NASA’s independent report into the Falcon 9 launch failure, which lost Dragon CRS-7 and eight small Flock/Dove satellites on 28 June 2015, has finally been released. It specifically criticises a SpaceX design error – and by implication its chief designer: Elon Musk. The report has been published as NASA prepares the ground ahead of its safety analysis of Boeing and SpaceX commercial crew systems, which will fly in 2020.

The vehicle exploded 2 minutes 19 seconds after launch, just before first stage shutdown, at an altitude of 45km. An overpressure event was detected in a second-stage oxygen tank less than a second before the explosion. An investigation into the cause of the Falcon 9 (v1.1) launch failure in June came to the conclusion that a strut holding down a helium-filled composite overwrapped pressure vessel (COPV) inside an oxygen tank snapped (probably near the bolt attachment point). The COPV tank either struck the LOx tank dome causing it to rupture, or there was a helium leak, which allowed helium to over-pressurise and blow up the second-stage oxygen tank. The buoyancy of the helium tank actually increases with rocket acceleration.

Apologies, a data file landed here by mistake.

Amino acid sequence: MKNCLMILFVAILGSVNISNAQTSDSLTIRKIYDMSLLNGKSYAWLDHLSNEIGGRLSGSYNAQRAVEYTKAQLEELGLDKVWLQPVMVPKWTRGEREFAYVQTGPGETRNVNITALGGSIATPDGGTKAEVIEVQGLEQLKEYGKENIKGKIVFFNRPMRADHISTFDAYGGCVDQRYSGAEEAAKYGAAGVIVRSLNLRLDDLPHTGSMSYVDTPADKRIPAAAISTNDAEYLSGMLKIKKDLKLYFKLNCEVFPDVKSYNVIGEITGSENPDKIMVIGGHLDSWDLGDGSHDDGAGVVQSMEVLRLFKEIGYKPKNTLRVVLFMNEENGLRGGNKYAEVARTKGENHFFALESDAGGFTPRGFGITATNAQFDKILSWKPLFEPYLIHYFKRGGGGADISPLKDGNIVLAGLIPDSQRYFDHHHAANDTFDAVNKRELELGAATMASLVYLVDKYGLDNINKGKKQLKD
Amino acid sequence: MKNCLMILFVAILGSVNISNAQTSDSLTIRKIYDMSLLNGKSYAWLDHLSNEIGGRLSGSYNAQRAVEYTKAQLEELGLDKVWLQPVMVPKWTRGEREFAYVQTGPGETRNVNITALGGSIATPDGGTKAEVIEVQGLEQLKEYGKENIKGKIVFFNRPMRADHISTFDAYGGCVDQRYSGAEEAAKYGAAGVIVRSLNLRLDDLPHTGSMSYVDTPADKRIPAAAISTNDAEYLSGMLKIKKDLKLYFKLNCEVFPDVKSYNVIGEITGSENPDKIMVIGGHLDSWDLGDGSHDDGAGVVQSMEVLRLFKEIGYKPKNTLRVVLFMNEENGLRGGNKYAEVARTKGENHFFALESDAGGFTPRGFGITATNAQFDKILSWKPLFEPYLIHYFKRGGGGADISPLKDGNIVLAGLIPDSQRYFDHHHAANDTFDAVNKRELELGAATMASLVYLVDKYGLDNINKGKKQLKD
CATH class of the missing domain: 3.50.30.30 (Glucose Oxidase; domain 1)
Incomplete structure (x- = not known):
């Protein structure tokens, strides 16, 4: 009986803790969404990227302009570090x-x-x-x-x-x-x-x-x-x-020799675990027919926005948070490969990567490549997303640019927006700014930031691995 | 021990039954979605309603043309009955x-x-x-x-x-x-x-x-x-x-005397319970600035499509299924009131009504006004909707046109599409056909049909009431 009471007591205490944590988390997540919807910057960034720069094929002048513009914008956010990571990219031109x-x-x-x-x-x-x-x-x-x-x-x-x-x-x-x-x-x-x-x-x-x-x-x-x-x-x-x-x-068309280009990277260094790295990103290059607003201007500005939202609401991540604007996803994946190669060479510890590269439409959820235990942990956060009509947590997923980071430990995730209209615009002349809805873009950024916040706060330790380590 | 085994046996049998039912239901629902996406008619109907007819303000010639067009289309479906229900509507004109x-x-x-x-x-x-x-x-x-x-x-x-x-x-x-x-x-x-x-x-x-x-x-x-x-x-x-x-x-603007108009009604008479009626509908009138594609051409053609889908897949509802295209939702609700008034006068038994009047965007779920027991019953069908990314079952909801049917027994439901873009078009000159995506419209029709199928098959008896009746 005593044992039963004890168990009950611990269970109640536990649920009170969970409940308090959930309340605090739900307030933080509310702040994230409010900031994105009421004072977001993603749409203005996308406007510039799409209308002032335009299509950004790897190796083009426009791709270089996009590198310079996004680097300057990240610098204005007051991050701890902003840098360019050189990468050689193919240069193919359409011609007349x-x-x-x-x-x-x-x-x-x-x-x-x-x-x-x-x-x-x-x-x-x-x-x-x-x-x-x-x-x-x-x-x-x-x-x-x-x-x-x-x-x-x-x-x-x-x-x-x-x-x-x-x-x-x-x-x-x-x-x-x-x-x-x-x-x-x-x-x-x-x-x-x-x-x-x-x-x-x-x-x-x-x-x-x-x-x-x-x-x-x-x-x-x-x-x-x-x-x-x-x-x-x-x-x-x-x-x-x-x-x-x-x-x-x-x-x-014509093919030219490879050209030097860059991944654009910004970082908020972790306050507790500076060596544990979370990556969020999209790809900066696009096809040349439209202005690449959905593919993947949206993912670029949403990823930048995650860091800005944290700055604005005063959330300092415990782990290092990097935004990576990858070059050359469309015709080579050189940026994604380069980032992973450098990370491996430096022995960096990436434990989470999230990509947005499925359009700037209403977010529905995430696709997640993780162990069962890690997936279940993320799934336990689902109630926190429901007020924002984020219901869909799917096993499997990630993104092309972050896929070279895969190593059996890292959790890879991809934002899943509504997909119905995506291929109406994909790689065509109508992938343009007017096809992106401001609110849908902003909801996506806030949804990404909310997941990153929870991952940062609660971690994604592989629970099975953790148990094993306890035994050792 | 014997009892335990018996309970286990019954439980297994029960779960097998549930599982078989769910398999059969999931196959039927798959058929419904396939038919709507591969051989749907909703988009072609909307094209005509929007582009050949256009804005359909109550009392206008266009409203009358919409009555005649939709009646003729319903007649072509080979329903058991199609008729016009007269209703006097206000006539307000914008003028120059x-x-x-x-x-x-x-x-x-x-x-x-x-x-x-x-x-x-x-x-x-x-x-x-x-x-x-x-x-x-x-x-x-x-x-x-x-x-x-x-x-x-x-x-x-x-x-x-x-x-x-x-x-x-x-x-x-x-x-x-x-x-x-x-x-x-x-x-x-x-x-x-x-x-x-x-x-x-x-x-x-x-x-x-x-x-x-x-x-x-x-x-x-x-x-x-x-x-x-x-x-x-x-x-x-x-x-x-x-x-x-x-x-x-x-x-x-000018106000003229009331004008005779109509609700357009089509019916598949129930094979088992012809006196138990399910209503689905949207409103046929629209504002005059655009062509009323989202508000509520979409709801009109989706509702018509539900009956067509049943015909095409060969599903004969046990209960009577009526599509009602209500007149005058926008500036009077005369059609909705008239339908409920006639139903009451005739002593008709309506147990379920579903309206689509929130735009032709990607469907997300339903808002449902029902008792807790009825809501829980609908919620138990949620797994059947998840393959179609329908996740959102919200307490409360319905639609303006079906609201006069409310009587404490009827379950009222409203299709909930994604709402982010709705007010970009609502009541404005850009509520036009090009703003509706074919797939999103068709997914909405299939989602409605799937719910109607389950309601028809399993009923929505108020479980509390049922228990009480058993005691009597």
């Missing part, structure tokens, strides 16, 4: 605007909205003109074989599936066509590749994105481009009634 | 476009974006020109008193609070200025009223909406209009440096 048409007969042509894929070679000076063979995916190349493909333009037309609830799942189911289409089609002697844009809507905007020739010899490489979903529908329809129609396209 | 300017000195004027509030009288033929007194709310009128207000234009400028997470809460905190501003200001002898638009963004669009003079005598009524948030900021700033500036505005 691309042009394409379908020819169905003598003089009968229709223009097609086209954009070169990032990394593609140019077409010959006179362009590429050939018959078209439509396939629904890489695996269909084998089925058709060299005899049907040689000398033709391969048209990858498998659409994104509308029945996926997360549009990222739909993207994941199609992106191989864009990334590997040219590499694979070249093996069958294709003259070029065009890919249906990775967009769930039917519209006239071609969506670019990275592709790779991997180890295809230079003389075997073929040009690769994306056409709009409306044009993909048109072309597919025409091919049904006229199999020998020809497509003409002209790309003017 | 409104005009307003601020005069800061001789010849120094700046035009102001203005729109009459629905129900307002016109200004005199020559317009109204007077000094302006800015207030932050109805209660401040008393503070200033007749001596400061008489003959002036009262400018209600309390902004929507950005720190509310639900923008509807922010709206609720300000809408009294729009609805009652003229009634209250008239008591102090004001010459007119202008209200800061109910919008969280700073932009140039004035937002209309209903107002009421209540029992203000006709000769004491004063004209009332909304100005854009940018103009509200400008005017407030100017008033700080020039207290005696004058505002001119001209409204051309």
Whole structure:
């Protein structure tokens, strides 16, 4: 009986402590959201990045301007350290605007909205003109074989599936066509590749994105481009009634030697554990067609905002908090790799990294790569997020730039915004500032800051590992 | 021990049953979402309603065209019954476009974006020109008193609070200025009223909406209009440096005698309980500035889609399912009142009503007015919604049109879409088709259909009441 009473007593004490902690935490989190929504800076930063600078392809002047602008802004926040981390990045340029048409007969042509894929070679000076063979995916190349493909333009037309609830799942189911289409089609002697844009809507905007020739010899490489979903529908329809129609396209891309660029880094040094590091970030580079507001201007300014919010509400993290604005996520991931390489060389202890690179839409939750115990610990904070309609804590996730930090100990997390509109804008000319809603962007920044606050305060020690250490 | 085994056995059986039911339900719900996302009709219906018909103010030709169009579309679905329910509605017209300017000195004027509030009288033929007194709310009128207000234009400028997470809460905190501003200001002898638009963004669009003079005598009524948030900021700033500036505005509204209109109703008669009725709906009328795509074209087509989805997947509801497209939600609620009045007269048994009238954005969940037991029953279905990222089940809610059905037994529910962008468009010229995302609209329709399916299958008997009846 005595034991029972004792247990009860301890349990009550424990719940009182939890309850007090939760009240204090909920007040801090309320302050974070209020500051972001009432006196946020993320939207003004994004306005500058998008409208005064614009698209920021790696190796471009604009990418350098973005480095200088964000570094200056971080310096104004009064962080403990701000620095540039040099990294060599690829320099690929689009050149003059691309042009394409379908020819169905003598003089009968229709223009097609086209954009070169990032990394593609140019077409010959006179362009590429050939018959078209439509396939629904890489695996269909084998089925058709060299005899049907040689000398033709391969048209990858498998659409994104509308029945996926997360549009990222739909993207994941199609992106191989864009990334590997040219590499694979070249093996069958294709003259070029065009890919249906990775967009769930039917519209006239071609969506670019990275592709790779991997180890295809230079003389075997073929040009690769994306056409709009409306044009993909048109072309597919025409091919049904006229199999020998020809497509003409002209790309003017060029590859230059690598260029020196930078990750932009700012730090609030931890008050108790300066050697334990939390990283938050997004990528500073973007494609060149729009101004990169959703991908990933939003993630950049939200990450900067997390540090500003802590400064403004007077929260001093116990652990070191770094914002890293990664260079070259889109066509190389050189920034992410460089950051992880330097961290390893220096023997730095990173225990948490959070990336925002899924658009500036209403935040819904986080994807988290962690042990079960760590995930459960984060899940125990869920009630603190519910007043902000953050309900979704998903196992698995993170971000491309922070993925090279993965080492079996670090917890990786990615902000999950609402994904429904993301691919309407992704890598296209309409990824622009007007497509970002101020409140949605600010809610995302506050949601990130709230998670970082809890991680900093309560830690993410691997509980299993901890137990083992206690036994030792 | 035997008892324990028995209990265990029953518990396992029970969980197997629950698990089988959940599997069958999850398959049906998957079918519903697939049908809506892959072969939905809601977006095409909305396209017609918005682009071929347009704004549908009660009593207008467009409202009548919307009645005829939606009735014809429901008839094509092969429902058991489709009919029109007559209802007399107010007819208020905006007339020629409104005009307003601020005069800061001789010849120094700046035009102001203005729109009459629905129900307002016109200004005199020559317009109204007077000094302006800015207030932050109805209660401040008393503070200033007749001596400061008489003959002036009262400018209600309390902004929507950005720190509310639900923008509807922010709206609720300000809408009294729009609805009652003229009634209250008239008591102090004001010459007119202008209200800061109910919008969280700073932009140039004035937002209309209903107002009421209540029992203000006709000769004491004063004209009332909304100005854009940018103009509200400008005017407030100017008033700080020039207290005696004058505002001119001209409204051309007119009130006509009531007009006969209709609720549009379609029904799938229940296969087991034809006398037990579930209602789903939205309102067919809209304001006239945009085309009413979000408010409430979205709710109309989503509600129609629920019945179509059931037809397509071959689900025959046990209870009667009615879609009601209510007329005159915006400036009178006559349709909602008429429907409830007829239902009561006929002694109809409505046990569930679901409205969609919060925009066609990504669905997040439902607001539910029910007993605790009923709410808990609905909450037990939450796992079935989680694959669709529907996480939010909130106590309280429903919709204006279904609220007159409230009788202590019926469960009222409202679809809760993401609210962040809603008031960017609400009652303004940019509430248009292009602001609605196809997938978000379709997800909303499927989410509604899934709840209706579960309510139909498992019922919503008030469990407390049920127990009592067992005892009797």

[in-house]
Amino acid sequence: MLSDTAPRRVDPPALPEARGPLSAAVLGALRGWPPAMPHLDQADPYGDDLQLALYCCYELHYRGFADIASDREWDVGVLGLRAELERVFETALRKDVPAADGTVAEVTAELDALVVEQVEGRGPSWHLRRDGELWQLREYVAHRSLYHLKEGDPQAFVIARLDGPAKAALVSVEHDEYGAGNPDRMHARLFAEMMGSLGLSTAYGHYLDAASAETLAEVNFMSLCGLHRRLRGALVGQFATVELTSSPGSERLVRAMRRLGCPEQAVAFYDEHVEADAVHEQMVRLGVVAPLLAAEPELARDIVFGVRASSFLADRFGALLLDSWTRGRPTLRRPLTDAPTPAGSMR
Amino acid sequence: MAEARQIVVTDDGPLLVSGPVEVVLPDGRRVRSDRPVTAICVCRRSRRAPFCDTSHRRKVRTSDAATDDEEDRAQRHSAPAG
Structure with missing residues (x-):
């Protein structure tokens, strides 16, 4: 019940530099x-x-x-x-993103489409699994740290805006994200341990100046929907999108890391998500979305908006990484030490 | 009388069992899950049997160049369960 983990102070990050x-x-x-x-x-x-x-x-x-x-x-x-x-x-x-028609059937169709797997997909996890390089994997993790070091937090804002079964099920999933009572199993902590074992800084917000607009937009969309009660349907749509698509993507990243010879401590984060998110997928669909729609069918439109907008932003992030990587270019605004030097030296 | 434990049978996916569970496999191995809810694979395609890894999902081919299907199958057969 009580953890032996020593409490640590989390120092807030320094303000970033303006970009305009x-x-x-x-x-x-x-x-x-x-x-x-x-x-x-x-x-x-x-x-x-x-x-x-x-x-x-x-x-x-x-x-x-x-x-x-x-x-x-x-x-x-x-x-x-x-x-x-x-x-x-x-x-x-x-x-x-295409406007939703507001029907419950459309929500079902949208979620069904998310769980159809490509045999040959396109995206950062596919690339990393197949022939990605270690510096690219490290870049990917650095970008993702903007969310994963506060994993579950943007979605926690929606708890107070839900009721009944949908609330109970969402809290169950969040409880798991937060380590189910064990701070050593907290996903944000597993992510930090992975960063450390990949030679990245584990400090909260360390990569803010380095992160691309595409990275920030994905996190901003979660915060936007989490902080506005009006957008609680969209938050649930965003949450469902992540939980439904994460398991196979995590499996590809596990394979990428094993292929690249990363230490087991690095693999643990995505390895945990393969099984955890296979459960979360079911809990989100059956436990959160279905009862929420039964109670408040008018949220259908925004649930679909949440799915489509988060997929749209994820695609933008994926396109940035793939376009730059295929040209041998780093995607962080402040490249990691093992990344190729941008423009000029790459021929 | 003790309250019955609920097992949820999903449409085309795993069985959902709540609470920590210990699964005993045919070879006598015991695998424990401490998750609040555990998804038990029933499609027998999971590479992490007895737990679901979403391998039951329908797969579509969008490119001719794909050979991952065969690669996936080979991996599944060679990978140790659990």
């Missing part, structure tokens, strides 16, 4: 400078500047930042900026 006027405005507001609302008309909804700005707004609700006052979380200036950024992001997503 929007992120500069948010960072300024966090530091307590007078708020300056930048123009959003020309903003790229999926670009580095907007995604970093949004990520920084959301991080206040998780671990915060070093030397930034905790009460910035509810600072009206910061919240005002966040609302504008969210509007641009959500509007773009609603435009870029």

The subsequent independent investigation by NASA agreed with the above scenarios, but disagreed that the most likely cause was a material defect in the part supplied by the subcontractor. NASA’s investigators argued that it was poor design in the selection of the rod/strut material (an industrial rather than an aerospace grade stainless steel was chosen without adequate analysis given to the loads and cryogenic environment) that was a more likely cause of failure. The launch, spacecraft and the spacecraft’s contents were not insured.

NASA’s independent report into the Falcon 9 failure of 28 June 2015. Courtesy: NASA